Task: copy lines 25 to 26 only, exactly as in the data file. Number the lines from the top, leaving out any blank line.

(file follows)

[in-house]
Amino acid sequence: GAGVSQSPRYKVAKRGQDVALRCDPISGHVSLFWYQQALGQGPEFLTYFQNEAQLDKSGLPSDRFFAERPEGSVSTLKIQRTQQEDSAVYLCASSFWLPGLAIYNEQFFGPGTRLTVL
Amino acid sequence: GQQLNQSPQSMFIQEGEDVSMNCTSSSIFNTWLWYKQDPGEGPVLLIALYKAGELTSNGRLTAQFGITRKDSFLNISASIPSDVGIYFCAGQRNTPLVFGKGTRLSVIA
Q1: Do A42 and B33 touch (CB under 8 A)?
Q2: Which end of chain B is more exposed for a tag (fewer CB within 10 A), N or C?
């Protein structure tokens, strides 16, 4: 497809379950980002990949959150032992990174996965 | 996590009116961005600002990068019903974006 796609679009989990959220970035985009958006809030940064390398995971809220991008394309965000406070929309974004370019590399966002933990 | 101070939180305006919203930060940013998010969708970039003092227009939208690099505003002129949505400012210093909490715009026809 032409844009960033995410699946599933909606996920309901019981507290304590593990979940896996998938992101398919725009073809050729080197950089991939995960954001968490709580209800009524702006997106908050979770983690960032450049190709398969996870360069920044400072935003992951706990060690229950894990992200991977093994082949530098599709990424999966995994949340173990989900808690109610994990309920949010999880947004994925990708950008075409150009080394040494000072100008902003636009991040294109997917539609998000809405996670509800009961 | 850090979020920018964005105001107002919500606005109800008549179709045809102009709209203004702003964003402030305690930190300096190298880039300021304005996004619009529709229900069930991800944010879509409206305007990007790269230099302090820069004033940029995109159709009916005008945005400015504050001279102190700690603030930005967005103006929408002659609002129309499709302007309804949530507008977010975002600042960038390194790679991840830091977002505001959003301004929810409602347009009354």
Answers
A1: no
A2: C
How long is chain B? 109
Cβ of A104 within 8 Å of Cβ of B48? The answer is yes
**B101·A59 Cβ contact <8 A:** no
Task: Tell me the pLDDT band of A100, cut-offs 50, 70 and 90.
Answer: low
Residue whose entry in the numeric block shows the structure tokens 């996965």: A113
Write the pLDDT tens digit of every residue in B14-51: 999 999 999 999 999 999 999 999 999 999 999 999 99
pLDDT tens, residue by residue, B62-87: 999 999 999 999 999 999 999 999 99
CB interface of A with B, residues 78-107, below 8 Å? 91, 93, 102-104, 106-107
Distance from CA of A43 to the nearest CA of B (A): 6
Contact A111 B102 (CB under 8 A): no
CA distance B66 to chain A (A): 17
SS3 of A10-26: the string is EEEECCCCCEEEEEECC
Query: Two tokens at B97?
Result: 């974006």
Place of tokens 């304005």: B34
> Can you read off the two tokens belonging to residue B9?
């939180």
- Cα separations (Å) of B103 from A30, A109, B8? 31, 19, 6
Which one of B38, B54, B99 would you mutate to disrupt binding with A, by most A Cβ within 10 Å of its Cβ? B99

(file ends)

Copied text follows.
Place of tokens 């304005």: B34
> Can you read off the two tokens belonging to residue B9?